With all the talk of the "twitter revolution" and the role that technology is playing in the recent uprisings, one would think that technology is being used in revolutions for the first time. The truth is that it was the Islamists themselves who were the first to use technology for such purposes in Iran. Back in the 1970s, Ayatollah Khomeini led a revolt against the Shah that saw a dramatic shift in government rule. While women and secular Iranians had been active participants in the 1979 revolution, they were quickly shut out of the government as Khomeini and his cohorts cemented their grip on power in the country.
The ruling Islamists appear to have forgotten their own history, and the role that technology can play in a popular uprising. During the period of the Shah, the taped recordings of Khomeini's sermons from his exile in France were smuggled into Iran on what was then the newly invented cassette tape. It was a form of subversion that the Shah's security forces were unable to control, and was used with similar success in Afghanistan during the Soviet invasion.
Today, with the use of the internet and cell phone technologies, we are seeing a similar revolution take place. Just as the use of cassette tapes was a new form of rebellion back then, so too is the use of twitter today. The question is whether the current Iranian regime, headed by Ayatollah Khamenei and his sidekick Mahmoud Ahmadinejad, will overplay their hand with overly repressive measures to clamp down on dissent.
In January 1978, forces loyal to the Shah of Iran killed a number of protesters in the streets of Qom. With each death came more marches, leading to more repressive measures. As the Shah's men began to use more lethal force to keep the public in line, the Iranian people took to the rooftops, yelling Allahu Akbar -- "God is great." If any of this sounds familiar, it's because the Iranian people today are doing nearly the same thing; only this time, they are adding "death to the dictator."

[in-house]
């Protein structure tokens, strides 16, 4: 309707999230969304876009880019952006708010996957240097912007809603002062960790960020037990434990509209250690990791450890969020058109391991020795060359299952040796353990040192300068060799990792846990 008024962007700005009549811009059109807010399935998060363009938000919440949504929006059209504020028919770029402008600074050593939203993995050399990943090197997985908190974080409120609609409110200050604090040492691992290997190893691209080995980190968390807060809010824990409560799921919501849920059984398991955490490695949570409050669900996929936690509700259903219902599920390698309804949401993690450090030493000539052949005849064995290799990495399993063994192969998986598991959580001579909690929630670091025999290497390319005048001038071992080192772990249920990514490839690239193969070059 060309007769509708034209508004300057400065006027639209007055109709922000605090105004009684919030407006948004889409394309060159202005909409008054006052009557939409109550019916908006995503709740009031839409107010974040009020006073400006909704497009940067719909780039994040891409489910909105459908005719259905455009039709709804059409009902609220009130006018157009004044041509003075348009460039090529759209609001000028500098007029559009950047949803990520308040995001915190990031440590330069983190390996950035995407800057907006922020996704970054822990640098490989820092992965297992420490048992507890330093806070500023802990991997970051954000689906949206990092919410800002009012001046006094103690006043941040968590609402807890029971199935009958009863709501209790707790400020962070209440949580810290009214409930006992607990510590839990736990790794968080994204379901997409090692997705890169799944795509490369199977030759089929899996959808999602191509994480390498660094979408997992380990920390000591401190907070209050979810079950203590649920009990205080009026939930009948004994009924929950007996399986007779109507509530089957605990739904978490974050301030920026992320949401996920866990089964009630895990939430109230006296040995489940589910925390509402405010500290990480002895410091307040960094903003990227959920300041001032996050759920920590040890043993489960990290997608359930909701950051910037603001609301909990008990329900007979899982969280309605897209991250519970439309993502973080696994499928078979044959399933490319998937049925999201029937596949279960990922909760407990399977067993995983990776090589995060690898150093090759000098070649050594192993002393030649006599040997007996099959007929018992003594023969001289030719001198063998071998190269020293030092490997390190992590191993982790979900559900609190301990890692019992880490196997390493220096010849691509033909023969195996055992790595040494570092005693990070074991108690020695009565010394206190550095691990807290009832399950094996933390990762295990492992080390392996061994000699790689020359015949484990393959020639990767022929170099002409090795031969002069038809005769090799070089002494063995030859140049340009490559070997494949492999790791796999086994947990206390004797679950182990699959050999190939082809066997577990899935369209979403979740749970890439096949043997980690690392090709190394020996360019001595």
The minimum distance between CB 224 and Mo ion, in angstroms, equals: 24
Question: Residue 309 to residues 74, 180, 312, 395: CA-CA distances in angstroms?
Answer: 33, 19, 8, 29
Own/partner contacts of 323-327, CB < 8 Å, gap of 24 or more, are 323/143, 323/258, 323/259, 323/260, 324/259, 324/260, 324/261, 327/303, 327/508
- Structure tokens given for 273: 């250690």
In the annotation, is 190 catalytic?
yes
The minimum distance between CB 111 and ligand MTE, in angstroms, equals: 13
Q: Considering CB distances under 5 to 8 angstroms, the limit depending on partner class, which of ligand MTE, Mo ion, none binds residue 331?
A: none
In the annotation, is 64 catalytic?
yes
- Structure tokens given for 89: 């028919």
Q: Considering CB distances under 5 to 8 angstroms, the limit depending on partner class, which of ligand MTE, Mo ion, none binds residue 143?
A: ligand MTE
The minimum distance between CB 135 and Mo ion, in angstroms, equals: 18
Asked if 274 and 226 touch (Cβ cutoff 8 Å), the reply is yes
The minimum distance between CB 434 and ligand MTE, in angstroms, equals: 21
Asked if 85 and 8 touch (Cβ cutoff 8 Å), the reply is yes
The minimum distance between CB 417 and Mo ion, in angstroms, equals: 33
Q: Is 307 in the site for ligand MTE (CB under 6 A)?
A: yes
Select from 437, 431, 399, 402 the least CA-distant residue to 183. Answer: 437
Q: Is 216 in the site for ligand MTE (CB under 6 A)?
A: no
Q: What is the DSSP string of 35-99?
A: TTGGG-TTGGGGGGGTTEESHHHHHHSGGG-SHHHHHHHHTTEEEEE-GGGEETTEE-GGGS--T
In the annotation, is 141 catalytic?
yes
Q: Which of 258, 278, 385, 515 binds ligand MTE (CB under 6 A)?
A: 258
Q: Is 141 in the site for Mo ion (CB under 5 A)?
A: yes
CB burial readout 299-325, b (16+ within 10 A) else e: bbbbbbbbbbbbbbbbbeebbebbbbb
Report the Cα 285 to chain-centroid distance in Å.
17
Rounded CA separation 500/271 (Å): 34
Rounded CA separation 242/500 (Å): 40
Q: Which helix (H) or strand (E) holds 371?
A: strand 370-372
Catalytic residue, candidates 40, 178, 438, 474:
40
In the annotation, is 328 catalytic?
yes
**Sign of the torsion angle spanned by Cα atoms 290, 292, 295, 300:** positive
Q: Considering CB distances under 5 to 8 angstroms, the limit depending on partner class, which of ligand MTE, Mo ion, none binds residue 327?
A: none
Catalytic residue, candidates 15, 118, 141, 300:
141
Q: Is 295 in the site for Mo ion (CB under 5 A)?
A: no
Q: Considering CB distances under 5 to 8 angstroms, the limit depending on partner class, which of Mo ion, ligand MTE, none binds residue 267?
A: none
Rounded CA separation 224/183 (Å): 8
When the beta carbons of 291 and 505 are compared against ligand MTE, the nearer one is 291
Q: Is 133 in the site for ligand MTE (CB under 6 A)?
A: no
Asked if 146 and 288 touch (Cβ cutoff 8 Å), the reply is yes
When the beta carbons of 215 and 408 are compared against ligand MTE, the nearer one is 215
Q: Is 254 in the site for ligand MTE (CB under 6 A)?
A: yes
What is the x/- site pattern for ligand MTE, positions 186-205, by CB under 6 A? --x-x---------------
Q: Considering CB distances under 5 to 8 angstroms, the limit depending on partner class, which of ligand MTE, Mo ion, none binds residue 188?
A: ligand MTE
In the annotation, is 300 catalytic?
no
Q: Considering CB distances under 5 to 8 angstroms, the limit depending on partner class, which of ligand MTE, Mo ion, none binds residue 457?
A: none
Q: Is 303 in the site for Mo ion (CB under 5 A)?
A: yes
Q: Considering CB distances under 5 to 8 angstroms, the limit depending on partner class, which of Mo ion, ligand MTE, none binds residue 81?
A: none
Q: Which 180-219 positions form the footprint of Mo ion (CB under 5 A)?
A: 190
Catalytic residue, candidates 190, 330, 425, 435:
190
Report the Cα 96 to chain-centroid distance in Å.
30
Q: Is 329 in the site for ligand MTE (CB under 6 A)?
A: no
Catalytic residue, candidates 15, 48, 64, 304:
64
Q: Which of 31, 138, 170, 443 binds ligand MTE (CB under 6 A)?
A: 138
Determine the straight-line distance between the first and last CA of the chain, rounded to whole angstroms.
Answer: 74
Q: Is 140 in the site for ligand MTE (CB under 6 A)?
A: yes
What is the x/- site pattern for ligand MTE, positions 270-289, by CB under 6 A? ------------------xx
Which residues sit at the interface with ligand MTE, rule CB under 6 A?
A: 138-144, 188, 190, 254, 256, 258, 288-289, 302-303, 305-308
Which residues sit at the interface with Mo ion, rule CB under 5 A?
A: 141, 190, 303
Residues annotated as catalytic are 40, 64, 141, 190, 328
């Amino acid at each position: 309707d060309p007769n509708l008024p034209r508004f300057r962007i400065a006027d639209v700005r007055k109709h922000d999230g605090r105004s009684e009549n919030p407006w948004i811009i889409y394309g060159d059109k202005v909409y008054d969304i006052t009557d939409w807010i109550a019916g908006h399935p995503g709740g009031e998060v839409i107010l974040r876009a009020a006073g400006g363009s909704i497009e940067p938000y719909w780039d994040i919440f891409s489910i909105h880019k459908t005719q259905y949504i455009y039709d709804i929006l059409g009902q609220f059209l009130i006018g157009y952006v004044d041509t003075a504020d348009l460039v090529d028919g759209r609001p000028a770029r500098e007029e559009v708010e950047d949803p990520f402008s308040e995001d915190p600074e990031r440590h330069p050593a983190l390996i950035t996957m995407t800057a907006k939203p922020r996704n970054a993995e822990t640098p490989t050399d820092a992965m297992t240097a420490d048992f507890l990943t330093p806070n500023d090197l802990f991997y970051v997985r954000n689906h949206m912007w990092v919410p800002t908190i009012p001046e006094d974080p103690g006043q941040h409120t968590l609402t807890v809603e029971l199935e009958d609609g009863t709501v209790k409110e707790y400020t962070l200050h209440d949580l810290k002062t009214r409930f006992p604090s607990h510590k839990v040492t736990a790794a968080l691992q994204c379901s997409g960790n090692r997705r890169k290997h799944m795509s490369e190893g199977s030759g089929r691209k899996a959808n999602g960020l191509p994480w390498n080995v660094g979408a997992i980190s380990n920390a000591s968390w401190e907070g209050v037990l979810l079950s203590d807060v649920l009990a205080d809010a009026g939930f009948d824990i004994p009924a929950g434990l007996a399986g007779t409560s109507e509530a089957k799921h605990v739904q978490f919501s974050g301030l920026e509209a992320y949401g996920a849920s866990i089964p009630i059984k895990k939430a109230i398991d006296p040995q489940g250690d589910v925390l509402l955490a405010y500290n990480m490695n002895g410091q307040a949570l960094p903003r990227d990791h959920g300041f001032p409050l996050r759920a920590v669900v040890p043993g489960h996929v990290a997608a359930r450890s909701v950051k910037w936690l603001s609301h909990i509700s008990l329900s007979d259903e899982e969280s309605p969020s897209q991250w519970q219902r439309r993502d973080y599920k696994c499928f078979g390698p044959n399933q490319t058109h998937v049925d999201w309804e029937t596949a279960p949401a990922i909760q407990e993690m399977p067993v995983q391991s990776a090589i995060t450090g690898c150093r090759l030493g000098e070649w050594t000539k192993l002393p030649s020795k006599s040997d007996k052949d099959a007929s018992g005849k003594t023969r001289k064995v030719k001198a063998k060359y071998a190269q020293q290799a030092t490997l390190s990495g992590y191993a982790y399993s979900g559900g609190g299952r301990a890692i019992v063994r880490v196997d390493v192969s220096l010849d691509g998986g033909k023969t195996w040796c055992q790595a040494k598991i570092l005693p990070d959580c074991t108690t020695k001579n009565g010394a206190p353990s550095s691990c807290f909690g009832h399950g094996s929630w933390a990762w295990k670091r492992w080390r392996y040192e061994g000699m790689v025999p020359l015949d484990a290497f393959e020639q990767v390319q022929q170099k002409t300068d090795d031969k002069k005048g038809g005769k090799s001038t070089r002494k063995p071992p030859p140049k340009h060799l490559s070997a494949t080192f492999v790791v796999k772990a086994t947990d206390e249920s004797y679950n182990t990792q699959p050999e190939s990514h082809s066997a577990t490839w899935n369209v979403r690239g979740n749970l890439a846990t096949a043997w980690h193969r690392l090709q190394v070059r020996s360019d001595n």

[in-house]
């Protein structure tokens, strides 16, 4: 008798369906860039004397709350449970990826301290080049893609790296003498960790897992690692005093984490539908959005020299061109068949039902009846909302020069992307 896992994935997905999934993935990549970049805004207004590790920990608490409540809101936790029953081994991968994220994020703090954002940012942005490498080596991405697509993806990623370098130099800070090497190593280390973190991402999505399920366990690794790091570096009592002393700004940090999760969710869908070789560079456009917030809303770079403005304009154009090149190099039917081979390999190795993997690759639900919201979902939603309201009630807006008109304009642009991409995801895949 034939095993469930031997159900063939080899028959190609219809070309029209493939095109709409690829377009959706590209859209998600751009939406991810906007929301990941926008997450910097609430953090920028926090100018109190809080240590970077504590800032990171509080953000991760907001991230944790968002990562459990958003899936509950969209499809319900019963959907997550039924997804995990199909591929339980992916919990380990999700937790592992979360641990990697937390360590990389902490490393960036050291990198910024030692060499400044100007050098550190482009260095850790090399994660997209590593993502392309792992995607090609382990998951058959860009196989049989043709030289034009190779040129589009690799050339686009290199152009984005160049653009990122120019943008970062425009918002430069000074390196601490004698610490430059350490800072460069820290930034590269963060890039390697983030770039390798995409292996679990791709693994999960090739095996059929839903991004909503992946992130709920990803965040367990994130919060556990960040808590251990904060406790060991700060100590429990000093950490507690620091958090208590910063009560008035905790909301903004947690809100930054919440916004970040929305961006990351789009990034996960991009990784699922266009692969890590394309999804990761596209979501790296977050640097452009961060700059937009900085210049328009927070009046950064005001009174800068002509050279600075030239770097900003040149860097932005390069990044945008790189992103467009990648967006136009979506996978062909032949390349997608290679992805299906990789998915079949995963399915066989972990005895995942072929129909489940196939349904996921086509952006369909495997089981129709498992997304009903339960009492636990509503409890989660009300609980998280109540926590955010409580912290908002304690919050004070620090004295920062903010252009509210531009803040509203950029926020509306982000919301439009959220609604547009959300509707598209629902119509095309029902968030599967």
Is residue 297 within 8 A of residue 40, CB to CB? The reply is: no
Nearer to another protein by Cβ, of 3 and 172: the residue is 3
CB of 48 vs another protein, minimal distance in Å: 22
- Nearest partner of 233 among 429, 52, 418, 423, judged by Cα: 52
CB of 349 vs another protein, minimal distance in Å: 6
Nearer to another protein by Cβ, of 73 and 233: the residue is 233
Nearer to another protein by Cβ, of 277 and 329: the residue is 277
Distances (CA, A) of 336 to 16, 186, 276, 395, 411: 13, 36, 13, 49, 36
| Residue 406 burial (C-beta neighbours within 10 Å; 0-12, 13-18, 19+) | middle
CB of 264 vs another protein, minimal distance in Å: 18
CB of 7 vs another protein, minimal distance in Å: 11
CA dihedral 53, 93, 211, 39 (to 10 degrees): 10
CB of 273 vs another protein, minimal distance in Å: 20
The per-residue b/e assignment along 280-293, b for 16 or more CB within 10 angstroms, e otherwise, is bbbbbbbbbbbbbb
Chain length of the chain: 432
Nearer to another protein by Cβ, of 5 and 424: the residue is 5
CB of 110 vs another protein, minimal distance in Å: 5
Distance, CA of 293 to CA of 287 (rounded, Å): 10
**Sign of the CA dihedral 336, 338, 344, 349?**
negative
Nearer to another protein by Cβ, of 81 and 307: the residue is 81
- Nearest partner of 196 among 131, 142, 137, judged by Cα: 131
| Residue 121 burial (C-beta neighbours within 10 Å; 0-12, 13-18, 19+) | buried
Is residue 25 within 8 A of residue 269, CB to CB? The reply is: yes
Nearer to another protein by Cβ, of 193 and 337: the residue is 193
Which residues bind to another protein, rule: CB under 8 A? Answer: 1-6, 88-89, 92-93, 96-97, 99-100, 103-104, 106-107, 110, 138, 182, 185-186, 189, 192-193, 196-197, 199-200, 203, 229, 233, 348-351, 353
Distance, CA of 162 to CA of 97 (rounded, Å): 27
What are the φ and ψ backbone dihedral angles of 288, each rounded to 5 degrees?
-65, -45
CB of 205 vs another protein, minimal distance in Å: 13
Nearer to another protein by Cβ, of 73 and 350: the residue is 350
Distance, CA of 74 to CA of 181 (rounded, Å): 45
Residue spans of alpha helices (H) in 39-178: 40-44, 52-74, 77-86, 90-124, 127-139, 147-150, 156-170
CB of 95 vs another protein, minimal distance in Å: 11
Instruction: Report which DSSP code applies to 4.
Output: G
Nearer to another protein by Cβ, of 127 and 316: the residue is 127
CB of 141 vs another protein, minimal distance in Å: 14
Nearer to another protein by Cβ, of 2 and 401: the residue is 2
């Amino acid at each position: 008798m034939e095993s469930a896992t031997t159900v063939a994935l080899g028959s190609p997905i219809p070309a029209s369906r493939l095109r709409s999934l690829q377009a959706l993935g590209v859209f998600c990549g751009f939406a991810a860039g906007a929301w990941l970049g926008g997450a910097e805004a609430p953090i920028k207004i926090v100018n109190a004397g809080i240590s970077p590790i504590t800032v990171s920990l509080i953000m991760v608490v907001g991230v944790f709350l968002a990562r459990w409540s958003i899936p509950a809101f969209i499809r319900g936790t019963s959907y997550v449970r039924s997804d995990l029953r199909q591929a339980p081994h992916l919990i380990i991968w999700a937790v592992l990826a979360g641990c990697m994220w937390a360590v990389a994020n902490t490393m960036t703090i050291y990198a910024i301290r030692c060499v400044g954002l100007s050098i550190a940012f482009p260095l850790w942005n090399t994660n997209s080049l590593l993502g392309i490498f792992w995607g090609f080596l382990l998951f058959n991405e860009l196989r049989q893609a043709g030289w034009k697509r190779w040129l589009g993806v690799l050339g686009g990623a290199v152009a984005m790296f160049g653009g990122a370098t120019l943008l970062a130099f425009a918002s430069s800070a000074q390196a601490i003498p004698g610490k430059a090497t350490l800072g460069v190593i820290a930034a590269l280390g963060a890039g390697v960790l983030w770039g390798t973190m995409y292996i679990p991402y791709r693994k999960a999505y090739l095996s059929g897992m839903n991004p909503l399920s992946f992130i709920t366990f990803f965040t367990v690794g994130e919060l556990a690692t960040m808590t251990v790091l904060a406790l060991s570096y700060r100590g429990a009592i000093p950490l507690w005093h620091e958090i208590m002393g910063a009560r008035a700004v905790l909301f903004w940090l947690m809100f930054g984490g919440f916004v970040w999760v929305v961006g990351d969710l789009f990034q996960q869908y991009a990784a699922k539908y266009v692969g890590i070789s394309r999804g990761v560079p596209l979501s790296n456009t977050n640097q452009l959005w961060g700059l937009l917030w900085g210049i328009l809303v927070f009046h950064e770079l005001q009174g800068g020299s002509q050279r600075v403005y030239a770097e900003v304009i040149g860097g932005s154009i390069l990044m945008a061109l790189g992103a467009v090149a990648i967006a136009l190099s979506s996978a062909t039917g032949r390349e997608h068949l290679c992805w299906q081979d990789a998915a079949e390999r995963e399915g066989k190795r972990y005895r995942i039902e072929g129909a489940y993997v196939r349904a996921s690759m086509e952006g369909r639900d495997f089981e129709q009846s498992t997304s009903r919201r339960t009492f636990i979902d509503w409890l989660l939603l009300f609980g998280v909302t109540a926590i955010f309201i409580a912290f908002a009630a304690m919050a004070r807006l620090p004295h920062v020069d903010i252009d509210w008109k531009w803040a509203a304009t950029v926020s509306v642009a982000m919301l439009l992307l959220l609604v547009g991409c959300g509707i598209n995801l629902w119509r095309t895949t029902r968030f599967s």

The Shah's brutal methods did little to end the internal strife, and today the Islamists are repeating many of those same mistakes through the deployment of Basiji militia. Despite the government's best efforts to limit communications, protesters continue to assemble in defiance of government censure. Soon after Mahmoud Ahmadinejad was declared the outright winner in a landslide victory, the Iranian people began to march in protest. Ahmadinejad's response? He compared the people to "dust." Perhaps recognizing the error in his choice of words, he later added but "we [the Iranian government] like everyone." A few more government miscalculations like that can spell the beginning of the end for the current regime.
Whether or not the Iranian government ultimately remains in place, what is for certain is that this episode will not simply be swept under the rug. There is no question that despite the many similarities between 1979 and today, there are of course countless differences as well. Nonetheless, the Iranian people have a history of revolutionary fervor that violence and repression have not always been particularly effective at stopping. Technology has played a leading role in these revolutions as we are seeing again today. If the ruling Islamists in Iran are not careful, they may find themselves with a full blown revolution on their hands. They would be wise to remember their own history.